Friday, October 21, 2011

Elephant in the Living Room (now on home video)



Review by Charles Cassady, Jr.

The tragic case in Zanesville, with the release of an exotic-animal menagerie by an unstable, amateur-nite keeper and the creatures' subsequent extermination by downstate police, scores yet another low point in animal welfare for good old clodhopper-capital Ohio. Wildlife officials in other states look at this place and cringe. And to think our governor, in his Republican business-deregulation wisdom, did away with a general ban on the exotic and dangerous animal trade in the name of the almighty dollar. Maybe the idea is to solve our crushing debt by selling premium-grade hunting licenses to the gun-toting bubbas, for whenever hoarded lions, tigers and grizzlies regularly get loose. There's entrepreneurship for you. Somebody ring up COSE.


Yes, there are a variety of bizarre animals in Buckeye State, and not just the two-legged variety. Head out to the boondocks some weekends and you can find wild cats, primates, bears, reptiles, parrots and tropical birds, even a hyena or giraffe from time to time, being peddled at basically unsupervised auctions. And every once in a while someone gets mauled by a pet leopard or chimpanzee or something. It's not a very good outcome for anyone concerned, except the dealers, of course.

This was all brought out vividly last year by a cautionary shot-in-Ohio documentary entitled ELEPHANT IN THE LIVING ROOM, which I picked as one of my ten top films of 2010 (this year I don't think I've got even four top movies yet). ELEPHANT IN THE LIVING ROOM had a slot at the 2010 Cleveland International Film Festival and, I think, a single rented screening at the Cedar Lee and that was pretty much it for Cleveland. Guess that's what comes of forgetting to cast Betty White.

After the Zanesville tragedy I checked and found that the documentary went to DVD in April. I stand by my verdict that it deserves to be seen a lot more than that "Hot in Cleveland" sitcom thing is that gets fact-checked weekly by the daily newspaper, who one would think would have bigger fish to fry.

Actually fish are just about the only dangerous animals not seen roaming this territory in ELEPHANT IN THE LIVING ROOM. Filmmaker Michael Webber’s cameras principally follow Tim Harrison, a Dayton animal-control specialist who has found himself more or less the go-to-guy for the entire region, running a tiny, underfunded operation devoted to securing out-of-place critters on the loose in the heartland - usually when they get too big/unmanageable for the jerks who purchased them. It's no "Crocodile Hunter" fun when the soft-spoken hero is confronted with deadly tropical vipers, attacking cougars and abandoned bear cubs, and there's one heckuva scene in which Harrison learns that a couple of Dayton kids had been innocently toying with one of the world's most deadliest snakes that they just found by a garage. It's a miracle the boys didn't die.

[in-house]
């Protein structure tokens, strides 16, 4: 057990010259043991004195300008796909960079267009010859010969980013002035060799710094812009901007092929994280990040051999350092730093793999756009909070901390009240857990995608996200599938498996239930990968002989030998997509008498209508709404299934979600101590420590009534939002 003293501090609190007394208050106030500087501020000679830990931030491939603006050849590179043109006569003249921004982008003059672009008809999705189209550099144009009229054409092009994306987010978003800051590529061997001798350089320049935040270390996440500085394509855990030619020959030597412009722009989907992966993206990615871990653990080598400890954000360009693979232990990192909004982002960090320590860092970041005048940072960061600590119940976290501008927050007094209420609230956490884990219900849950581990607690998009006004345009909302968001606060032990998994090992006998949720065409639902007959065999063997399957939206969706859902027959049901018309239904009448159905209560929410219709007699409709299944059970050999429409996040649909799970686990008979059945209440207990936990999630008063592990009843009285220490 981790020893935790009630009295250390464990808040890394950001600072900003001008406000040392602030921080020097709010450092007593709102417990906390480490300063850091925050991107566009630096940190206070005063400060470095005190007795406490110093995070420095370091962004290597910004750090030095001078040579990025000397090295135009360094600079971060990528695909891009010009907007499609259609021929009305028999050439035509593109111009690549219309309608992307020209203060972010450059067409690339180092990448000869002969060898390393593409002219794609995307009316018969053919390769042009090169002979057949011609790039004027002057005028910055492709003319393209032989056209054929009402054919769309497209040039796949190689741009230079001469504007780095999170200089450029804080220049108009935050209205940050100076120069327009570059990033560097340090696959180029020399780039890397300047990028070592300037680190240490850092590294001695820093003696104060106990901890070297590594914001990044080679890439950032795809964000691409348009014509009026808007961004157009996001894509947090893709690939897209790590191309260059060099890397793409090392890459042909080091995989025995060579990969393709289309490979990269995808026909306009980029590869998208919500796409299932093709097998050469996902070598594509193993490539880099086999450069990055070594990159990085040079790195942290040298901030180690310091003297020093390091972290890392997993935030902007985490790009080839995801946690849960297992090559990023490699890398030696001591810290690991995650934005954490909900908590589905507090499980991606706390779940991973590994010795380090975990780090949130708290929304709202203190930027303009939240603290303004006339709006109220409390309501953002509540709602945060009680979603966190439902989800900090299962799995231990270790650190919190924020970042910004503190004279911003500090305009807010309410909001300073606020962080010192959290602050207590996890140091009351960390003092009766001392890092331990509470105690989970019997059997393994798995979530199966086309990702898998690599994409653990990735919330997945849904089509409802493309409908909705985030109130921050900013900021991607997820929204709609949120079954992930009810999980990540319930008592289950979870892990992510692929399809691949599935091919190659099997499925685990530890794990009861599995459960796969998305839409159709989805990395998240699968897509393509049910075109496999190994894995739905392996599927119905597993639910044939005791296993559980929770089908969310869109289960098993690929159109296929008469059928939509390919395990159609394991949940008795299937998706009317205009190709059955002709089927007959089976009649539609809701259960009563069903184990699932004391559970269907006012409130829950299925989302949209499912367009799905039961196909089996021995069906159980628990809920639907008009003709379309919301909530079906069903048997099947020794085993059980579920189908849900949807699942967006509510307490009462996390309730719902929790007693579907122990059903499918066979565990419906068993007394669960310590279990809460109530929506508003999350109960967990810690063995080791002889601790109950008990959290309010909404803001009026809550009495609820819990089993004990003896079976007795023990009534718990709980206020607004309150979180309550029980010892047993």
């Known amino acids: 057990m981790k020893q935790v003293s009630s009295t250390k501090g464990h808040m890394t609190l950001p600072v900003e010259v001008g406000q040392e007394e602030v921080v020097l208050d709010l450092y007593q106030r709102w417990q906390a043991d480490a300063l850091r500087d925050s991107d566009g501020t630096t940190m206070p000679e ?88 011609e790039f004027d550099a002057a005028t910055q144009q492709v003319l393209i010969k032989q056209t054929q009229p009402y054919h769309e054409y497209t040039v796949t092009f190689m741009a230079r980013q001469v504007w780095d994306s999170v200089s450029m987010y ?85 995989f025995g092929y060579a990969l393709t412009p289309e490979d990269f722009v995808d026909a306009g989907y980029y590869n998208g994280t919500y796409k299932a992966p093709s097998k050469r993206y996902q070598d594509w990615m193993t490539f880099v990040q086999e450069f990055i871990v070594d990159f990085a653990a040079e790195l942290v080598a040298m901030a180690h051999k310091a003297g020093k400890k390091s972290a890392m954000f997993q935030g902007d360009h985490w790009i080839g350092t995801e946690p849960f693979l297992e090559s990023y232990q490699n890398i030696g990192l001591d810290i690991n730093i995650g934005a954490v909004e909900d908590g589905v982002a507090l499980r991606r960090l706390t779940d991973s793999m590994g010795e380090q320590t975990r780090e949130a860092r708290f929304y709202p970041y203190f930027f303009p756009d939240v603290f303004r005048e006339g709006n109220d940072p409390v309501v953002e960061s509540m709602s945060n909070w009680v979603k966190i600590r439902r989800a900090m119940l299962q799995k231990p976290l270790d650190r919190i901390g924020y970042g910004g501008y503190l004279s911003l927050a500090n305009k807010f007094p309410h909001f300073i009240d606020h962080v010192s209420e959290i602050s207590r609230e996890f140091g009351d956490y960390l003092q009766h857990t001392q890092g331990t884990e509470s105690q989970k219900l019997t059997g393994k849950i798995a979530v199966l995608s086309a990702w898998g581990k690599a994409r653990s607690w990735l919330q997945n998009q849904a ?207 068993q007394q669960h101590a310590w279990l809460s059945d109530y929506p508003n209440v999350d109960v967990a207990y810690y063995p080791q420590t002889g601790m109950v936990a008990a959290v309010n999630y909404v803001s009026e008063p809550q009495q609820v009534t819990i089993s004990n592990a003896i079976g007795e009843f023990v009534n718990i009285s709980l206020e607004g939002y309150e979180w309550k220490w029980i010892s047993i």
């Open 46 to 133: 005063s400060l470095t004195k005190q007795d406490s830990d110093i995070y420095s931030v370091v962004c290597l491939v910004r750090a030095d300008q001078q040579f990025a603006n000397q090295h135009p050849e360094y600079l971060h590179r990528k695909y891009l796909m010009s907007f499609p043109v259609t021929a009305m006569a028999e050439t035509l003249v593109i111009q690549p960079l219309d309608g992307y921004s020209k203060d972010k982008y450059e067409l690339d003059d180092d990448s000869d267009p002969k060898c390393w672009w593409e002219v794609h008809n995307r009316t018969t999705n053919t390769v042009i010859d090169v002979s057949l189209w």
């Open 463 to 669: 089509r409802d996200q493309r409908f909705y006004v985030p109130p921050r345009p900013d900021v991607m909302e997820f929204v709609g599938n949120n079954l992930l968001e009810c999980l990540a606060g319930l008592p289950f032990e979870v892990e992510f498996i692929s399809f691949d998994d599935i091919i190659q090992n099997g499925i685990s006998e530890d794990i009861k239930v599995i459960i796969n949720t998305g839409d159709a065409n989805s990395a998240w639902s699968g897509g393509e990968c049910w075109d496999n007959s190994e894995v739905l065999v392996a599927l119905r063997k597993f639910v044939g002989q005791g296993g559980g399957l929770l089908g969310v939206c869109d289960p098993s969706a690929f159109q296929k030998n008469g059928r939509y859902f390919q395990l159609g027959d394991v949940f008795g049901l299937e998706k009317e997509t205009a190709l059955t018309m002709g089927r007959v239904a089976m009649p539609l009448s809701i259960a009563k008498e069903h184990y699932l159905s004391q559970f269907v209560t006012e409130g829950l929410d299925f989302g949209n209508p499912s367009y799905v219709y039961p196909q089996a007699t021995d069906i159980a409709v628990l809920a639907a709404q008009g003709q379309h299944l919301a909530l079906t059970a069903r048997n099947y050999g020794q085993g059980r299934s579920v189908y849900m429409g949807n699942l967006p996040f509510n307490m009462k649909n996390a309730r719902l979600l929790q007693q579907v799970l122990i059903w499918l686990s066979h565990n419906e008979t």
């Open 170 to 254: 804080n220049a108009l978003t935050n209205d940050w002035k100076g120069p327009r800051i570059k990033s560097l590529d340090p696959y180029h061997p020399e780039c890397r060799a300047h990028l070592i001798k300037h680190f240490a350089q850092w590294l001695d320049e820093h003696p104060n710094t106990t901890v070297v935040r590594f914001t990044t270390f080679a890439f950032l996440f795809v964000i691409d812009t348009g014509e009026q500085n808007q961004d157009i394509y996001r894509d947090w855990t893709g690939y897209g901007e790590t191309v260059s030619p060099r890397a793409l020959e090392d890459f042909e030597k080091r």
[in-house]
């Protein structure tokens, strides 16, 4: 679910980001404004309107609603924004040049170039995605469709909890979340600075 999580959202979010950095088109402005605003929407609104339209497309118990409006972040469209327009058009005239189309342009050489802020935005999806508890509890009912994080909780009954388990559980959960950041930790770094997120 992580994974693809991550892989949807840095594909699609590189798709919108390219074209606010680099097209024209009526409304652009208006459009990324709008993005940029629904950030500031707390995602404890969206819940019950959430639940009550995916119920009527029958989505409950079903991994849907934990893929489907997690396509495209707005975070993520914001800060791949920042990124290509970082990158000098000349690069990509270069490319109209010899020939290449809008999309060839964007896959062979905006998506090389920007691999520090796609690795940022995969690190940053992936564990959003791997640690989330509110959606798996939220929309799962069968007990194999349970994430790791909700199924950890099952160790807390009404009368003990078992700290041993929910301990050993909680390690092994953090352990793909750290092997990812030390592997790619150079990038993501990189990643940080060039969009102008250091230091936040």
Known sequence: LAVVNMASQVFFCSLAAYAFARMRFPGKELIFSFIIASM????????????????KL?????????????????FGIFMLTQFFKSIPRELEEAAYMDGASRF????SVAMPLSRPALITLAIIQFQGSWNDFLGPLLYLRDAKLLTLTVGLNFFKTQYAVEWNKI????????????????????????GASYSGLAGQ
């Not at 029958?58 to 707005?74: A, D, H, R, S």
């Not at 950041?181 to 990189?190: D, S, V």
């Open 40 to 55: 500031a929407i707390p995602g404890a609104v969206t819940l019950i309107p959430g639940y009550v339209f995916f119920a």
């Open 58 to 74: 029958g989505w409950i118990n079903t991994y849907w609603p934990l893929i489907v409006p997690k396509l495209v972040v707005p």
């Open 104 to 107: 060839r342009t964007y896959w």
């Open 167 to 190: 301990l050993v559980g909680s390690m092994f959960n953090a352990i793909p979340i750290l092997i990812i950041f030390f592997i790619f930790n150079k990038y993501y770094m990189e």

There are some visits to other parts of the country - one sad visit to Florida, for example, finds the snake problem is really out of hand, as giant pythons and boas are just set loose in the bush. Sunshine State zoos are all full up, so one mammoth serpent, just minding its own business by the road, has to be summarily shot by an official who has clearly done this thing too many times.

But it's back to the Rust Belt for the narrative that give the film its backbone, a study of an animal hoarder up close. He's a disabled, Dayton-area trucker who has a pair of majestic, enormous African lions crammed into inadequate cages on his property. Webber goes to heroic lengths to be sympathetic to this worst-Ohio-neighbor-nightmare, and I was surprised to the extent that he succeeded. The scruffy Yosemite Sam-lookalike on crutches isn't on a macho-dick power trip or needs the fangs and claws to guard his dope crop or rap CD collection. He lovingly raised the lions from cubs, and claims to have permanently bonded to the huge cats; they're his therapy from constant pain. Meanwhile he flip-flops frustratingly over the prospect of whether to agree to send the animals to any of the few outside sanctuaries capable of caring for such formidable carnivores. Then biology takes a startling and bittersweet turn... There's a tear-jerking finale, guaranteed, but it isn't as horrible as the Zanesville mass-slaughter.

Maybe if more viewers had heeded this movie's warnings all that Zanesville horror wouldn't have gone down. Oh, sure it would. I just knew when I watched ELEPHANT IN THE LIVING ROOM there were still rubes who would take home only one lesson, that they could go online or drive into Amish country and score cool lions, black mambas, cheetahs, gibbon apes or Andean condors for their own back yard (or apartment closet), while so many domestic cats and dogs get put down.

Still, if any nonfiction movie should have your attention while the Zanesville incident lingers in the news giving Ohio a well-deserved black eye, it's ELEPHANT IN THE LIVING ROOM. Even though watching is now the equivalent of closing the barn door after the Siberian tiger has already gotten out. (3 1/2 out of 4 stars)

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